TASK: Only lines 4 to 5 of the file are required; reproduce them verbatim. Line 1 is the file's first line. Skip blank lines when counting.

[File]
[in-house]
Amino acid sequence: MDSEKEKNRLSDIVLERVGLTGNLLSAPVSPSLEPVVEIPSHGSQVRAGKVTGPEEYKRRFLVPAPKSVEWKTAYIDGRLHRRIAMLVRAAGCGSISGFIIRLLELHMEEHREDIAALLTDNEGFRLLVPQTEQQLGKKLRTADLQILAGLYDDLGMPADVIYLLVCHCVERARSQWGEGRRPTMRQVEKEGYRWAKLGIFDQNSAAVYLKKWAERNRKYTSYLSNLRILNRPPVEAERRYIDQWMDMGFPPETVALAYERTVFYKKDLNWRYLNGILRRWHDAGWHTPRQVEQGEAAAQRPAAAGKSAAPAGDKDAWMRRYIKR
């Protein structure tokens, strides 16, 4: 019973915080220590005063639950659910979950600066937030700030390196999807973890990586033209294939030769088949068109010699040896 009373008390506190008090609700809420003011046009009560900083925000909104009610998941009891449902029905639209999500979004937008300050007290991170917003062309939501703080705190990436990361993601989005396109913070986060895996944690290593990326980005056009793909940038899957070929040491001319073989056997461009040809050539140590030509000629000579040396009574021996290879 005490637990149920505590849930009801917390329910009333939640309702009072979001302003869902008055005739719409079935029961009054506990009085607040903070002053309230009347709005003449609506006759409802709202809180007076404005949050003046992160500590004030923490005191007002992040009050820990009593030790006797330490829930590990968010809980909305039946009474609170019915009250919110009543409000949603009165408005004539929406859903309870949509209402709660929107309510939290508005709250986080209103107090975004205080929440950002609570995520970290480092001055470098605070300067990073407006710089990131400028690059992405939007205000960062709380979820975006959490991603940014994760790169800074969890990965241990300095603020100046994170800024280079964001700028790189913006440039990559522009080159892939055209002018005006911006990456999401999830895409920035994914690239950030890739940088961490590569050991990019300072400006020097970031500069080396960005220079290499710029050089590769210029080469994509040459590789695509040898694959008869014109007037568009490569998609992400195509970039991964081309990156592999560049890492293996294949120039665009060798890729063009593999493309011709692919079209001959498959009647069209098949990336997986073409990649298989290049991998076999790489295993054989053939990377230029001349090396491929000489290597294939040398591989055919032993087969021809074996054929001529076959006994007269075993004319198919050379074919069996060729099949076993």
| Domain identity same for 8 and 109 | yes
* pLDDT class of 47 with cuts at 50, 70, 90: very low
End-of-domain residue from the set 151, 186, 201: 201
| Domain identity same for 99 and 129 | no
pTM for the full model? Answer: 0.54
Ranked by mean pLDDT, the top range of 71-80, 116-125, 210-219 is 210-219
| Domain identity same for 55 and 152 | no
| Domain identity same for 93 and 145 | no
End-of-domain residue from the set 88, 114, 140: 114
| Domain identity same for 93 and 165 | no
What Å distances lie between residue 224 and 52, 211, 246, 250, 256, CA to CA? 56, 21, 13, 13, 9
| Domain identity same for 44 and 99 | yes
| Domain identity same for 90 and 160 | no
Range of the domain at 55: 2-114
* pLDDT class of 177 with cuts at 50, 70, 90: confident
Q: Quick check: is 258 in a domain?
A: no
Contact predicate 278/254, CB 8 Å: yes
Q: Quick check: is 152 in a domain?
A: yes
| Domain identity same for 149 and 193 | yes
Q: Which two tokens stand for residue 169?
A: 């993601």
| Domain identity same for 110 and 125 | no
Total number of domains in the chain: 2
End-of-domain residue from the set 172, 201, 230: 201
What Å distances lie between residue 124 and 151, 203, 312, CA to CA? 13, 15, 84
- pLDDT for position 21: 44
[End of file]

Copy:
| Domain identity same for 8 and 109 | yes
* pLDDT class of 47 with cuts at 50, 70, 90: very low